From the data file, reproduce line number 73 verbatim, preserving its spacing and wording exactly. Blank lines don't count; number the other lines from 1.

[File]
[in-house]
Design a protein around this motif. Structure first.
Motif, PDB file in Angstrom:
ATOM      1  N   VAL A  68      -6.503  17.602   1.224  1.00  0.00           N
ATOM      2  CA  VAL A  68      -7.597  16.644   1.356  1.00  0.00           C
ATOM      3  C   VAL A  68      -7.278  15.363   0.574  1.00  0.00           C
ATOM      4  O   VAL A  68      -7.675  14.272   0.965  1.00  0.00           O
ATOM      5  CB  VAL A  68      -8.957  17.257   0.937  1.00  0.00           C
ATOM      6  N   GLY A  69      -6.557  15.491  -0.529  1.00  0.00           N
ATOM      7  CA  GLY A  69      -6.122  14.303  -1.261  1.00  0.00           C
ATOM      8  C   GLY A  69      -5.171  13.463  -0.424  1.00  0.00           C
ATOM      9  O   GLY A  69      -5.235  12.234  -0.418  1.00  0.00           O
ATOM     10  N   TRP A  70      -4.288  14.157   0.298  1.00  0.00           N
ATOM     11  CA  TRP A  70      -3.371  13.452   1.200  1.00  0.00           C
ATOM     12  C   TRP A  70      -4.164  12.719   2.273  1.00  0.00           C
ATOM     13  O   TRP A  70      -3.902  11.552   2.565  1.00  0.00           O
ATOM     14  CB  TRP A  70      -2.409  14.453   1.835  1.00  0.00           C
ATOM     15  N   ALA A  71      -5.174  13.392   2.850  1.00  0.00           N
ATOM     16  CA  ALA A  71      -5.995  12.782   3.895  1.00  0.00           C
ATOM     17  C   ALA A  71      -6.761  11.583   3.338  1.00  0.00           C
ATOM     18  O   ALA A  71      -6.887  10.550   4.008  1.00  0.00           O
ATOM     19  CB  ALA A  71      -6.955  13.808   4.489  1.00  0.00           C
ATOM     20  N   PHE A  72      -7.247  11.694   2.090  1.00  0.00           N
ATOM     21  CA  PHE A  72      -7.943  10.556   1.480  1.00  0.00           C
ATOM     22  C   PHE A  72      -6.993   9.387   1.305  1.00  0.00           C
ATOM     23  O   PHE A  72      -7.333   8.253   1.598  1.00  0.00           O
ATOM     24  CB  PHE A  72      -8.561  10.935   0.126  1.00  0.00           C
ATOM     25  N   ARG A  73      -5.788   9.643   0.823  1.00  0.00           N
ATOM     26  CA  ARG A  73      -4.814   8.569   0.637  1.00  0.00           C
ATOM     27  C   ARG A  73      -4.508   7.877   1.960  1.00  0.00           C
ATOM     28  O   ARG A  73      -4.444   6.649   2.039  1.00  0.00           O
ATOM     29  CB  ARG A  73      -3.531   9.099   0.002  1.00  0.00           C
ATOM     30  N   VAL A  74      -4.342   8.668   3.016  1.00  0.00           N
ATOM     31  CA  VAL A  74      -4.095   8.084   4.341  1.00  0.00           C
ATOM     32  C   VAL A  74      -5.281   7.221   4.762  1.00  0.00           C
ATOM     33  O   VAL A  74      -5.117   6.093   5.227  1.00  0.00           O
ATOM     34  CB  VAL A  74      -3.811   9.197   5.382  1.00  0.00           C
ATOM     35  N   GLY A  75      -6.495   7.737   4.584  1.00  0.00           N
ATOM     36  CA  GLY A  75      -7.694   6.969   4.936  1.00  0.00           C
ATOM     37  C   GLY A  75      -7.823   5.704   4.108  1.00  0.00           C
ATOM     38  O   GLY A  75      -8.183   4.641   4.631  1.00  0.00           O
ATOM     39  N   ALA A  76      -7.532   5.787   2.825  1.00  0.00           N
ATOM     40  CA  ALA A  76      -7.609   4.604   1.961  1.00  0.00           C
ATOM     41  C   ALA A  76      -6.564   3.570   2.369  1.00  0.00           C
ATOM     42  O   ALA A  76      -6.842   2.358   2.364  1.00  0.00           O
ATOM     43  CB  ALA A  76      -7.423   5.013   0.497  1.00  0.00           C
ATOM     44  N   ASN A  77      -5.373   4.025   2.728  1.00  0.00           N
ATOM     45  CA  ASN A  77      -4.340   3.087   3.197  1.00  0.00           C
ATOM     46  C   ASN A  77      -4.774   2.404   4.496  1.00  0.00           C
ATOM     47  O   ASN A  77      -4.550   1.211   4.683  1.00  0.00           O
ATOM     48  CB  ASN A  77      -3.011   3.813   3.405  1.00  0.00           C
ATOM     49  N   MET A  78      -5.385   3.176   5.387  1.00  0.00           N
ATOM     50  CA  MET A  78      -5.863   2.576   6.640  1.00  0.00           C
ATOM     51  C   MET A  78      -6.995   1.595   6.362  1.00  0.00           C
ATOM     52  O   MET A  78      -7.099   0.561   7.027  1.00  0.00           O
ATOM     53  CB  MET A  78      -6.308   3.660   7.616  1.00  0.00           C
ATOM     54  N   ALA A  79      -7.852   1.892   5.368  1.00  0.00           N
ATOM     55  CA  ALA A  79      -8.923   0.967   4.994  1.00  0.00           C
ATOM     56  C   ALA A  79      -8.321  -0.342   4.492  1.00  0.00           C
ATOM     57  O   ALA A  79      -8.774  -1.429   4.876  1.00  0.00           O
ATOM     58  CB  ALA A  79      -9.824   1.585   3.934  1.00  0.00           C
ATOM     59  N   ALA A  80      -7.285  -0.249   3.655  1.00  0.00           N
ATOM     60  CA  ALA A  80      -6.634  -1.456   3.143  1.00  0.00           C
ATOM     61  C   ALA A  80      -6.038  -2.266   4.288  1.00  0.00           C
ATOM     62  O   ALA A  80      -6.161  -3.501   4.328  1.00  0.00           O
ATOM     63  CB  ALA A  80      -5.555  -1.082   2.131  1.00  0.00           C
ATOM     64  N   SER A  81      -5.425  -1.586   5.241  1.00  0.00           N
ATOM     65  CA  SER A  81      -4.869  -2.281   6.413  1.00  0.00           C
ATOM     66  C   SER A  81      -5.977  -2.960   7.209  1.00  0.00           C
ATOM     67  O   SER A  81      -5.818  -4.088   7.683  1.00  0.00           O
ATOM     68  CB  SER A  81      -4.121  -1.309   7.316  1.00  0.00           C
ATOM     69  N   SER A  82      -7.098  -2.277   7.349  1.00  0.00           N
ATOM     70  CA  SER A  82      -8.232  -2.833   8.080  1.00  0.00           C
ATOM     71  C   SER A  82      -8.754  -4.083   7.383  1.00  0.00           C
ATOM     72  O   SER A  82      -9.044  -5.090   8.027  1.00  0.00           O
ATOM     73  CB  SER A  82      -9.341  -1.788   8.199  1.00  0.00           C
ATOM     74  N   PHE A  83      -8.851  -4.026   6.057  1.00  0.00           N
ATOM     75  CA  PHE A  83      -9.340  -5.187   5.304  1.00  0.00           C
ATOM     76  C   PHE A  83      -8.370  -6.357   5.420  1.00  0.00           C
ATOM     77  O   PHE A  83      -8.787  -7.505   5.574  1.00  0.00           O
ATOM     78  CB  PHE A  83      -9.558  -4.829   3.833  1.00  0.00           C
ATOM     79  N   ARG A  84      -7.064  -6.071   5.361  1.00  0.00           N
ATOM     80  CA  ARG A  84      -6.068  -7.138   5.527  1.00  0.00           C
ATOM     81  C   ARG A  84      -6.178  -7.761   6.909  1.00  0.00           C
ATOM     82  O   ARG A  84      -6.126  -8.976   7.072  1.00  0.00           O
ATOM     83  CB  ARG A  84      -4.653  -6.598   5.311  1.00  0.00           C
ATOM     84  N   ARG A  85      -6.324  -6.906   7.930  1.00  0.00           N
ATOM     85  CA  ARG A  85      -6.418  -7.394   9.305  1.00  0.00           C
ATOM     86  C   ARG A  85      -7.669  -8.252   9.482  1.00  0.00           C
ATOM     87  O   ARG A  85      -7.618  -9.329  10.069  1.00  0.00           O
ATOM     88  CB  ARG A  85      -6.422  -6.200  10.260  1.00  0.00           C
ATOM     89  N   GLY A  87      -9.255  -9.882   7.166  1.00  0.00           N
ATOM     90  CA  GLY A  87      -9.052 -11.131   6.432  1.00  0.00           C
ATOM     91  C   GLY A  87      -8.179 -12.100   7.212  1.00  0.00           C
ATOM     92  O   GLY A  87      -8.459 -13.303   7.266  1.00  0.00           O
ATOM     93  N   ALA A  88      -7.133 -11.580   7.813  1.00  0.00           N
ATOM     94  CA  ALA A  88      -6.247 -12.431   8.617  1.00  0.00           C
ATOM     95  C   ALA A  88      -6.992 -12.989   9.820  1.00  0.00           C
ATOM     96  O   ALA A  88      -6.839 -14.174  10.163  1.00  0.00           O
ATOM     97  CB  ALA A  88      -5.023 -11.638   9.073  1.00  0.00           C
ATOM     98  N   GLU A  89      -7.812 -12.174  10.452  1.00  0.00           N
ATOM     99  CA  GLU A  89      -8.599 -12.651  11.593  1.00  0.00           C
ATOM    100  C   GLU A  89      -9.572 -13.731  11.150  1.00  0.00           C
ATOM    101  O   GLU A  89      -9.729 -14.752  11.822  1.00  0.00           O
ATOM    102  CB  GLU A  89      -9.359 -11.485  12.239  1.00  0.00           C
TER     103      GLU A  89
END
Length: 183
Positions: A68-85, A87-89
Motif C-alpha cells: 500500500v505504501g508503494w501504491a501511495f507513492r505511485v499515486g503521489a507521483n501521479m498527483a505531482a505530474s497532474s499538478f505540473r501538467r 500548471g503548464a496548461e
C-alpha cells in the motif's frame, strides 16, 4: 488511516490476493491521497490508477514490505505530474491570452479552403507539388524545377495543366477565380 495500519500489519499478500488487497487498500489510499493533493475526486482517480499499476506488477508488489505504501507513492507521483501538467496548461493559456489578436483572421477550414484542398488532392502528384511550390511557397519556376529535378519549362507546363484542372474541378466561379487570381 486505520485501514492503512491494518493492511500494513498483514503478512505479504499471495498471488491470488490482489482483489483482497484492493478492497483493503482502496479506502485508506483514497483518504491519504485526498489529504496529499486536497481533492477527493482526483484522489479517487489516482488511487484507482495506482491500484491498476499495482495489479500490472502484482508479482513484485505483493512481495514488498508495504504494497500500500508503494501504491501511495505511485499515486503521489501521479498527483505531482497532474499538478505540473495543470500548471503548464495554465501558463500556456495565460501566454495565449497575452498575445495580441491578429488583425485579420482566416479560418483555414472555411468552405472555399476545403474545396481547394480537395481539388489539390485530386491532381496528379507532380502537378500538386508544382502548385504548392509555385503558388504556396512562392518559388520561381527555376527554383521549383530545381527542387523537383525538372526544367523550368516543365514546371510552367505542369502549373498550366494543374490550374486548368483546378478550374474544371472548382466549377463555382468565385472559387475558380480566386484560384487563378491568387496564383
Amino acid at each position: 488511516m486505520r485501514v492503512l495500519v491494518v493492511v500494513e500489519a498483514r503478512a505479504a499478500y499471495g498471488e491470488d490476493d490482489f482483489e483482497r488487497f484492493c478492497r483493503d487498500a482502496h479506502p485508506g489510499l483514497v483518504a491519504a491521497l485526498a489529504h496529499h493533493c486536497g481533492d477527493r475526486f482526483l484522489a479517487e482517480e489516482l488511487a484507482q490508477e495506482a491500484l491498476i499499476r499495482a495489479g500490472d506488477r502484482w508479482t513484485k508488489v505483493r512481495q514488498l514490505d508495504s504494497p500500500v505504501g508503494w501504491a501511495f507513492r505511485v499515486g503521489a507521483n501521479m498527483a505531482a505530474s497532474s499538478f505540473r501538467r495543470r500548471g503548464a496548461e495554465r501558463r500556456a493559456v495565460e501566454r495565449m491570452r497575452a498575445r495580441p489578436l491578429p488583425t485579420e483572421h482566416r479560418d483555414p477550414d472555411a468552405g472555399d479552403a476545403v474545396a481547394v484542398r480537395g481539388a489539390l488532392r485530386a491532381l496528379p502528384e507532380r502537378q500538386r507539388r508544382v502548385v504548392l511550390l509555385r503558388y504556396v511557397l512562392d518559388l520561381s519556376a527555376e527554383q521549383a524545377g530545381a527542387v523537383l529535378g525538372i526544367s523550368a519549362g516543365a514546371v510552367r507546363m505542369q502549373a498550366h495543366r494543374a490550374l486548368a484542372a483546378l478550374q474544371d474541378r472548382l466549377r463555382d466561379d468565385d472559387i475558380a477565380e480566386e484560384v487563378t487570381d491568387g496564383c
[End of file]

ATOM     70  CA  SER A  82      -8.232  -2.833   8.080  1.00  0.00           C